Mark Vonnegut, Kurt Vonnegut's son, wrote a book in the '70s called The Eden Express. The Eden Express is a vivid, viscerally convincing account of Mark's descent into psychosis and his subsequent diagnosis of schizophrenia. Someone described to me the effect of Mark Vonnegut's descriptive powers of his illness as similar to Hunter S. Thompson's ability to describe his massive drug use in Fear and Loathing In Las Vegas. Whatever devices I use in my comics to convey the experience of psychosis pale in comparison to Mark Vonnegut's ability to describe it with the written word.
One of the things he talks about experiencing when he was sick was when he'd heard the news of a series of earthquakes in California and the destruction they caused. He believed that he had somehow caused these earthquakes with his mind. Mark relates how he was very relieved when he finally received treatment and he realized that he did not cause these earthquakes.
In my last blog post, I compare myself to Kenbei Shimada from The Seven Samurai. In The Seven Samurai a group of beleaguered peasant farmers recruit Shimada to lead samurai and villagers against marauding bandits. Shimada initially refuses, but farmer Yohei's tears and the entreaties of a lowlife gambler that the farmers are doing their best by offering to feed the Samurai their rice convinces Shimada to take the job.
In earlier posts I allude to some unnamed virtuous cause that, with my foot in that other world, I believe that I am being asked to join in on. The problem is, I believe that I am more like Mark Vonnegut, who was not responsible for the earthquakes in California, than I am like Kenbei Shimada, who had the power to forsake the farmers and leave them to their fate. I do not believe that I even have the power to forsake this cause, even if I wanted to.
This has everything to do with whether I will show up on some date in the near future at a specific place at a specific time. I have not discussed these things openly with anyone, nor do I care to. With my foot in this other world, I had the conviction that at this place, at this time, on this date, the Invisible Woman would materialize.
In earlier posts I talked about how my criticism of the "turn my back on love" experiment consisted of the belief that I did not take it far enough. I will take it far enough this time, and not show up at this place, at this time, on this date.
When I want to reach out to an artist whose work I admire, I will find out how to contact them via mail, and send them a package. I always include a cover letter that contains contact information so the artist can write back if they want to. I always try to bring up in the letter what it was specifically about their work that resonated with me and whether it relates to anything I do in the comics or CDs that I've sent them. I try not to come off as if I just want them to discover me and help me make it to the big time.
I've had some people write back; Harvey Pekar and Chester Brown wrote me back. A guy named Justin St. Germaine wrote a book called Son of a Gun, a memoir about how his mother came to be murdered by her fifth husband. I told Justin how I thought his mother and I both shared rather abject, morbid, pathological afflictions of love addiction. I included other letters I'd written to other people, Richy vegas Comics issue # 4; Anita, You're the Reason I'm Not In Prison, and a copy of my CD, Man's Inhumanity to Me. The CD contains the tracks, "Richy Vegas, the Blind Assassin, parts 1 and 2," which have everything to do with obsession and love addiction. I got a message on my answering machine a couple of weeks after I sent Justin St. Germaine this package. I typically include my phone number if these artists want to call me. I don't know if it was him, but it could have been. He never called back, whoever it was, so I don't know.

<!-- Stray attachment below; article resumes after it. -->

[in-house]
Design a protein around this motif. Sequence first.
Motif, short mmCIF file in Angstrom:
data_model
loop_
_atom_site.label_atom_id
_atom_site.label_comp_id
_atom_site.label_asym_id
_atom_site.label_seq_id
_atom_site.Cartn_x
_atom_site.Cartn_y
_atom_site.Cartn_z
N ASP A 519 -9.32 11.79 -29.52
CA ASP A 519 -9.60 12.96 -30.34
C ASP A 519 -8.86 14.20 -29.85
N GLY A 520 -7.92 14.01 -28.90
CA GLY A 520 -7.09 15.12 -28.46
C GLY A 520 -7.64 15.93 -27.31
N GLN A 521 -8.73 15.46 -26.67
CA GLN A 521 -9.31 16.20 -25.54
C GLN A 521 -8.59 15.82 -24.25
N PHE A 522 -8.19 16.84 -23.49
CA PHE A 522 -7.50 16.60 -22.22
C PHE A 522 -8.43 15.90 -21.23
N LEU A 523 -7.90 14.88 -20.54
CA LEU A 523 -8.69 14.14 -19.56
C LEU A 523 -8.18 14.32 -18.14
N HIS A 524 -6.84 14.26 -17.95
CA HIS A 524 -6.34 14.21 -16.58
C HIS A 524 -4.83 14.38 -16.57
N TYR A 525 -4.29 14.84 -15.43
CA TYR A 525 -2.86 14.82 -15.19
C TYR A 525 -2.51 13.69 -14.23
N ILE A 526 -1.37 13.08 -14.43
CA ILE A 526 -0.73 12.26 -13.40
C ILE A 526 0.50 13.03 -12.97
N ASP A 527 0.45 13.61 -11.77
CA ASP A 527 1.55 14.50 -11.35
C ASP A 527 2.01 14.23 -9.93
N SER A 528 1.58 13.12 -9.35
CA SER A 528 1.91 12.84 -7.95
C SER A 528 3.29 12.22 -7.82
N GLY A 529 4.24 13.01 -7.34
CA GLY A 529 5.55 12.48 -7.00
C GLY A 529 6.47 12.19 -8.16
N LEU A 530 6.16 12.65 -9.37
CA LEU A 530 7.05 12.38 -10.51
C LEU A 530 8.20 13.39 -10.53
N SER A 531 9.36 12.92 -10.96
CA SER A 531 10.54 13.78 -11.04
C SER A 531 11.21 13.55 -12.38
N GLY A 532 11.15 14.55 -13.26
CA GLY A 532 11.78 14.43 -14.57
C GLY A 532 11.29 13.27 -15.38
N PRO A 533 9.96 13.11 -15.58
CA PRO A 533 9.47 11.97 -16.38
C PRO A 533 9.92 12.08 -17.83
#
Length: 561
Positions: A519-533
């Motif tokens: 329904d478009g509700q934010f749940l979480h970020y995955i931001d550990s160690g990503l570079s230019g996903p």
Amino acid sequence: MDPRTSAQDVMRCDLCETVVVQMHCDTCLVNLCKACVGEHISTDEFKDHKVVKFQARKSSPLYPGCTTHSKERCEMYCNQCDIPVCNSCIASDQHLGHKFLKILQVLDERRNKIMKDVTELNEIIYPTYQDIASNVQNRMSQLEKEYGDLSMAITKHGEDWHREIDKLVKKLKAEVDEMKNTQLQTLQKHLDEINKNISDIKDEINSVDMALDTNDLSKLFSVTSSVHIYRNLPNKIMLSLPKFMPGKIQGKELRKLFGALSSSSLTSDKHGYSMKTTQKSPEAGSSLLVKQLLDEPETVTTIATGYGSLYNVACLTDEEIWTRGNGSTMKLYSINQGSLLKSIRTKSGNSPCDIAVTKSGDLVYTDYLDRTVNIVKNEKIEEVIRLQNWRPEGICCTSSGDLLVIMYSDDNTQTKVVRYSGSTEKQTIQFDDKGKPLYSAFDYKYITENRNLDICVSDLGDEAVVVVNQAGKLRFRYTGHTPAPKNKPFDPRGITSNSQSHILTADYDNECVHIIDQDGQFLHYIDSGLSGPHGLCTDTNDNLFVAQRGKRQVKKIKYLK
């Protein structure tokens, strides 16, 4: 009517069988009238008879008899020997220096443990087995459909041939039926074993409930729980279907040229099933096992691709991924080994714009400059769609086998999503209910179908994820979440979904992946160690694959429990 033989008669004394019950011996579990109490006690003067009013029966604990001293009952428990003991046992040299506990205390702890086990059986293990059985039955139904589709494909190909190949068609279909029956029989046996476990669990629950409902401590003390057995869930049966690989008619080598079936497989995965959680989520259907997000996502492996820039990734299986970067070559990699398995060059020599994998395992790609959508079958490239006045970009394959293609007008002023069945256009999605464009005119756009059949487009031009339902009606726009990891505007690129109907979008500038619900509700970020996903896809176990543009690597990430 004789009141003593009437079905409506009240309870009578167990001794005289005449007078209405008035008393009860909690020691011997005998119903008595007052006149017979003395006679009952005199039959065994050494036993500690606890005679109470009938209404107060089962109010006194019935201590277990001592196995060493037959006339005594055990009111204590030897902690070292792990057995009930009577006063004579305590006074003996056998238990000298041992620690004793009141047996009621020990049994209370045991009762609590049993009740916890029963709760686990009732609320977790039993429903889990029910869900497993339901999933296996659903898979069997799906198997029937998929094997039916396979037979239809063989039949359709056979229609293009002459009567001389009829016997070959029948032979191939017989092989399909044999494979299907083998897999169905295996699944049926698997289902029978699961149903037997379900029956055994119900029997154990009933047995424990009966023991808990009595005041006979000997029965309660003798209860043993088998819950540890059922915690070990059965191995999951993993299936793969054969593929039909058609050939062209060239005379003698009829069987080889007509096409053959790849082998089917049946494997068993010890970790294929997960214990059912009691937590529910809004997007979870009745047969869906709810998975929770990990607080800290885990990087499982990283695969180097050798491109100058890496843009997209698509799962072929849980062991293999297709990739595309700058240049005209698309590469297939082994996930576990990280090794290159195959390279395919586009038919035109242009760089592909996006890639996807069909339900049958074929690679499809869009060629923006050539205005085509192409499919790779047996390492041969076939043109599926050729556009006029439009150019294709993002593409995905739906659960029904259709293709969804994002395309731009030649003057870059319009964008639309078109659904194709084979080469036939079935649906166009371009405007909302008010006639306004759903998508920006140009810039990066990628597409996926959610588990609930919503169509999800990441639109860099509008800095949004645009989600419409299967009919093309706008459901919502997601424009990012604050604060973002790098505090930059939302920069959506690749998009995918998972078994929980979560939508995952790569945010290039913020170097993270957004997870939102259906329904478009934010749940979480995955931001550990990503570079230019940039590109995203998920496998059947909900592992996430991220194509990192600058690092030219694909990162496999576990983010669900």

Now, this Invisible Woman: I got a package from Amazon last Spring that contained a bag of coffee and a CD from a prominent female pop star. That summer, a cousin of mine posted a picture of her daughter with this woman at a popular tourist destination. The pop star wore a really thick layer of make up. I had difficulties last fall at a business that I patronize that I connected to this pop star- not sure about that. I ordered a Badfinger CD from Amazon last December, but the day I received it, it somehow got lost. I went to Waterloo Records and bought another copy that night. There's this line from Badfinger's "Day After Day:" "I remember finding out about you..." This pop star's CD was lying around, so I played it again. I liked it better than the first couple of times that I played it last Spring, and later that night I started making connections. Whether those connections are erroneous and irrational, I don't know. But, for a moment, let's just honor this foot in this other world and say there's something to this.
I guess the motive would be to fuck with my head. Being that I'm a mentally ill person, isn't that nice? Perhaps she wanted to goose me into thinking up some way to save the world. Well, that would at least redeem her for doing something so shitty to me. As far as saving the world, I've got nothing. Thus, I'm breaking our date.
Let's see, when I send people my art, I include a way to get back to me- several ways, in fact. I clearly state my purpose, and do all the things I describe above, and go on at length about how I connect with the artist's work. I guess that I'm not good enough for that same kind of consideration from this person. Seeing as how I'm a mentally ill piece of trash, fucking with my head is good enough for me. I think I recognize when I'm dealing with a woman who just wants to do whatever the fuck she wants, instead of trying to make a good impression on me.
Well, that's it for my foot in that other world. I suspect that myself and this woman will not MFR in either case.